Women judged unfairly for sexuality

Hillary Clinton is just one example of a woman in the world of politics.

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Hillary Clinton is just one example of a woman in the world of politics.

Maria Maroko

In the world of politics, one thing is clear – if you’re a woman, your sexuality can and will be used against you, regardless of its relevance to your argument.

Republican presidential candidate Donald Trump went on a late-night Twitter rant Sept. 30 about Alicia Machado, the former winner of the Miss Universe pageant.

Machado, a Venezuelan immigrant, was the first woman to win the Miss Universe pageant under Trump’s leadership. Machado endorsed Democrat Hillary Clinton and said Trump would often insult her body size, calling her fat or ugly, according to press reports.

Trump did not react well. He called her “disgusting” and urged his supporters to find a sex tape he said she made, to prove she was a bad and untrustworthy person. The sex tape has yet to be found.

But whether or not the sex tape exists, it was brought up to discredit Machado. Why should sexual activities impact the public’s perception of her character, or make her statements  less valuable or true?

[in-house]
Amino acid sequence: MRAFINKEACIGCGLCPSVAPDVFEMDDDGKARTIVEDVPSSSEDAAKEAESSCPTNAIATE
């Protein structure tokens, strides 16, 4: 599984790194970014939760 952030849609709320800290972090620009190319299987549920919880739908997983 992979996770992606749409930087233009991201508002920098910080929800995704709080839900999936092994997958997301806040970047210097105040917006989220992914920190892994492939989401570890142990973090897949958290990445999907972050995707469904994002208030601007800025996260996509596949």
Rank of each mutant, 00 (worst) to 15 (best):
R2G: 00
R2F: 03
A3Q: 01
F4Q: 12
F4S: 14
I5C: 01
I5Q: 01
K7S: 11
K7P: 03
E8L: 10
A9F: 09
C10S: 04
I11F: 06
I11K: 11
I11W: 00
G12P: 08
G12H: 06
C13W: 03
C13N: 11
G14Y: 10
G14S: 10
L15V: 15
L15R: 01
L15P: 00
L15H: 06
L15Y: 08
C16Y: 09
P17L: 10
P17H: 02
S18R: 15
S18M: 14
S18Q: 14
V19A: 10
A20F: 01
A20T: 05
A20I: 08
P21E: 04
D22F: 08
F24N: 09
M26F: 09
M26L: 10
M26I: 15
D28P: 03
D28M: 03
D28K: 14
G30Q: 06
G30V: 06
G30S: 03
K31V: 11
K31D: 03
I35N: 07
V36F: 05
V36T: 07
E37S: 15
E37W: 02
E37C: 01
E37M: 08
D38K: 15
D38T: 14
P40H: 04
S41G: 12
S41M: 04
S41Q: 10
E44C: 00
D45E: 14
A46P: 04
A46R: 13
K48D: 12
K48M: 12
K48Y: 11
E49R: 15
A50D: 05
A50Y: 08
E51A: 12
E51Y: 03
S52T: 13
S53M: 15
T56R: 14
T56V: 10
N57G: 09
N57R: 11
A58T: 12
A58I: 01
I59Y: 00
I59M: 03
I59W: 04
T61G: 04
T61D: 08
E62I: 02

Trump’s comments are part of a larger mindset called “slut-shaming,” the act of shaming someone for their real or perceived sexual behavior, whether that includes wearing skimpy clothing, having sex or, according to some far right-wingers like radio host Rush Limbaugh, even using birth control. This epitomizes the double standards concerning gender.

Let’s go back to the Limbaugh. When Sandra Fluke, a Georgetown student and activist, fought her school to get free birth control, Limbaugh dismissed her on the radio as a “slut.” Using birth control would imply that she may have had sex without wanting children, which would imply that she might have even enjoyed sex by itself. Limbaugh said the idea “makes her a slut, right? It makes her a prostitute … she’s having so much sex that she can’t afford the contraception.”

Machado’s and Fluke’s experiences are just two of countless instances in which women’s sexuality is used against them. People like Trump and Limbaugh perceive any alleged accusation of a woman being “slutty” as grounds for questioning their validity and morality. Yet, when other men engage in sexual activity, including statutory rape, these same men are silent.